Reaksmey Mary and her family took a motor-taxi from Koh Oknha Tei in Kandal province to a hospital on the outskirts of Phnom Penh for a health check up, after riding around downtown and visiting shopping malls in town.
This was the first time ever that Mary could move around with her family, after almost 10 years where she could only lie down on a bed at her house in Koh Oknha Tei.
Mary is now able to travel to anywhere through “Mobilituk,” a tuk tuk service catering to the physically disabled.
Without Mobilituk she wouldn’t be able to bring her daughter anywhere, said Mary’s mother Khem Vy, 47.
“It was difficult to bring her anywhere, when she was 10-year-old, we no longer could take Mary anywhere by motorbike,” said Vy.
“We tried once but she fell off from the bike, since then we stopped bringing her out. So she was just staying at home and lying on the bed all the time.”
The Mobilituk is equipped with a steel ramp that pulls down to allow a wheelchair to roll in.
Designed by Agile Development, the first Mobilituk was invented in 2016 aiming to assist the disabled people in and around the capital.
Currently, there are five Mobilituks in Phnom Penh.
According to Ministry of Social Affairs, by 2015 there were more than 50,000 physically disabled people in Cambodia, while the Asian Development Bank estimated that up to 15 percent of the population lived with physical or mental disabilities.
Transportation is a huge problem for people with disabilities like Mary who rely on a wheelchair and need someone else to assist her.
Agile Development together with the International Committee of the Red Cross (ICRC) plan to have more Mobilituks to use in the northern provinces of Cambodia.
Keogh Jonhston, an engineer at Agile Development Group, told VOA Khmer that Mobilituk had helped people with disabilities like Mary to be able to travel.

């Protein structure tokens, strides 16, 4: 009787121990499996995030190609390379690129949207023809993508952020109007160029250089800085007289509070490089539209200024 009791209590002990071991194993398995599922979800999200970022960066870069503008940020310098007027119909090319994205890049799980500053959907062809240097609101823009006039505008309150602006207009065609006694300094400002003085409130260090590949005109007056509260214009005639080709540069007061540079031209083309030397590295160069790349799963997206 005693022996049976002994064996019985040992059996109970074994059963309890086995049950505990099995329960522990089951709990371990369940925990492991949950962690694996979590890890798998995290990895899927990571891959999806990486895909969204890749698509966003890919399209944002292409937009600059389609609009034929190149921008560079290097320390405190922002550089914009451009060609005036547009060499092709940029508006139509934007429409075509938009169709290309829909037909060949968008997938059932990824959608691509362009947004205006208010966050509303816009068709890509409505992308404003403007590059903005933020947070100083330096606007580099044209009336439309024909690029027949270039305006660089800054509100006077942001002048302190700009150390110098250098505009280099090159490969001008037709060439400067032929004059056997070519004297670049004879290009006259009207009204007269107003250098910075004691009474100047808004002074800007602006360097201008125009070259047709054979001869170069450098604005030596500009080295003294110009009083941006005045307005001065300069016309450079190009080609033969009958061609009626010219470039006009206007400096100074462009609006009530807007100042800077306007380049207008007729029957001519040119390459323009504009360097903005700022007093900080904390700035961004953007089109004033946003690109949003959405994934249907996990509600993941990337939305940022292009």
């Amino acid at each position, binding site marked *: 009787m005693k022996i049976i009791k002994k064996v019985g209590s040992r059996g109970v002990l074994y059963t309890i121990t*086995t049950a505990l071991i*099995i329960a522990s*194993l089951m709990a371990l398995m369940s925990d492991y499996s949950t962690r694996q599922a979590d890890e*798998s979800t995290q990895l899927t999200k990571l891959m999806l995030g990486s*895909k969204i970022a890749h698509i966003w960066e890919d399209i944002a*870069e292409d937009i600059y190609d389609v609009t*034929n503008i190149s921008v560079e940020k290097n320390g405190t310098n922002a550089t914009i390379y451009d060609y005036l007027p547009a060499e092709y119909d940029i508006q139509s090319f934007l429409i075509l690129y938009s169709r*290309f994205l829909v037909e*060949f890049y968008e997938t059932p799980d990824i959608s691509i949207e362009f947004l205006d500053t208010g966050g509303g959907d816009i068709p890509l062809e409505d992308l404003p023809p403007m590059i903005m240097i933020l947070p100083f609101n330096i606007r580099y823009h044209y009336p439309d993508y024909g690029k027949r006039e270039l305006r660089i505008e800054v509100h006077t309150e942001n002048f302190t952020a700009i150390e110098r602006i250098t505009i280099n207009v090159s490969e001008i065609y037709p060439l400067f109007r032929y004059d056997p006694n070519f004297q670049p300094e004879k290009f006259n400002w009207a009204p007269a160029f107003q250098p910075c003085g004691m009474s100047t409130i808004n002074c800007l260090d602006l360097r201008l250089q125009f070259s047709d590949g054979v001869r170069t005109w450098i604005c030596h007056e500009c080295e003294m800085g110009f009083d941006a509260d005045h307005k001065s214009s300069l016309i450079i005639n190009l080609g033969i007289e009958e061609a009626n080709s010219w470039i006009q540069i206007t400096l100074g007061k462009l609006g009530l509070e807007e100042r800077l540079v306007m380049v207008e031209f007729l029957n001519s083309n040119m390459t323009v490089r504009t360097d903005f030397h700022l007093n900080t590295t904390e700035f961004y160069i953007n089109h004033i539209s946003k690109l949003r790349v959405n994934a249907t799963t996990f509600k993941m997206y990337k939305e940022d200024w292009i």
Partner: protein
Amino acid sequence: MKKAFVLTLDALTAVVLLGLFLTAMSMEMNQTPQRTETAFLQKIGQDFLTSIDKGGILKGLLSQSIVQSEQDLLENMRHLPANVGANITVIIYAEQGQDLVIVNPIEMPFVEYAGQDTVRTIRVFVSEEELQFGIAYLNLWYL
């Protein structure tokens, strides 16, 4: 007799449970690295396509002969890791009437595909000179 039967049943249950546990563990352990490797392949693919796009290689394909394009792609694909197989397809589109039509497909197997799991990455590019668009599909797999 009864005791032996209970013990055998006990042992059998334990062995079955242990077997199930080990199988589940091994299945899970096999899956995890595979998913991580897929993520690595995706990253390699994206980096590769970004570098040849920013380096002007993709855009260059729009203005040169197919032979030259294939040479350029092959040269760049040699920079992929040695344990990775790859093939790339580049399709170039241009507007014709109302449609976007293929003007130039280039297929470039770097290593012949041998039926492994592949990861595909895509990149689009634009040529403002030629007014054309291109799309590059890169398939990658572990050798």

“When you see somebody, who never had the opportunity to see the city, or go to a shopping mall, or see more monuments, has been transported to tuk tuk,” he said, “the joy that brings to them to see, you are just inspired to contribute more.”
A month after getting his tuk tuk converted to the mobilituk, a mobilituk driver, Keo Sarout, 45, got two disabled clients, including Mary.
“My clients said it’s more convenient than a car or other vehicle is,” he said.
Sarout said takes pity on disabled people, and now he has a chance to help them.
“I think I could help the society by helping the disabled persons as they find it quite difficult to travel anywhere,” he said.
He added that other tuk tuk drivers were also interested to have the steel ramp installed on their vehicles.
Born into a poor farming family with three siblings, Mary was disabled since she was six months old, when she got a serious illness.
“She has been motionless and stayed at home for years, while everyone else was able to go outside, she wouldn’t. I’m so I pity her. When she sees the neighborhood kids walk around, she secretly stares at them,” Vy said.
Before the invention of Mobilituk, Mary’s family were able to take a tuk tuk, but it was difficult. The driver would struggle to get Mary and her wheelchair into the cab.
“She grows bigger now. The wheelchair is very heavy. I’m alone and I can’t do it unless we have two people to hold her tightly,” Vy added.
Since the invention of the Mobilituk, Mary’s mother said, her daughter has been able to travel to many places. Recently, accompanied by her mom and aunt, Mary was able to go to hospital, the Royal Palace, Independence Monument, and shopping malls.
Mary looks more healthy and happier now, said Vy. “Although her body got hurt after the first time she went on Mobiltuk as it’s almost 20 years that she hasn’t moved her body properly, she feels very happy.”
“I asked her if she still wants to go out after hurting herself, she nodded her head with a happy smile.”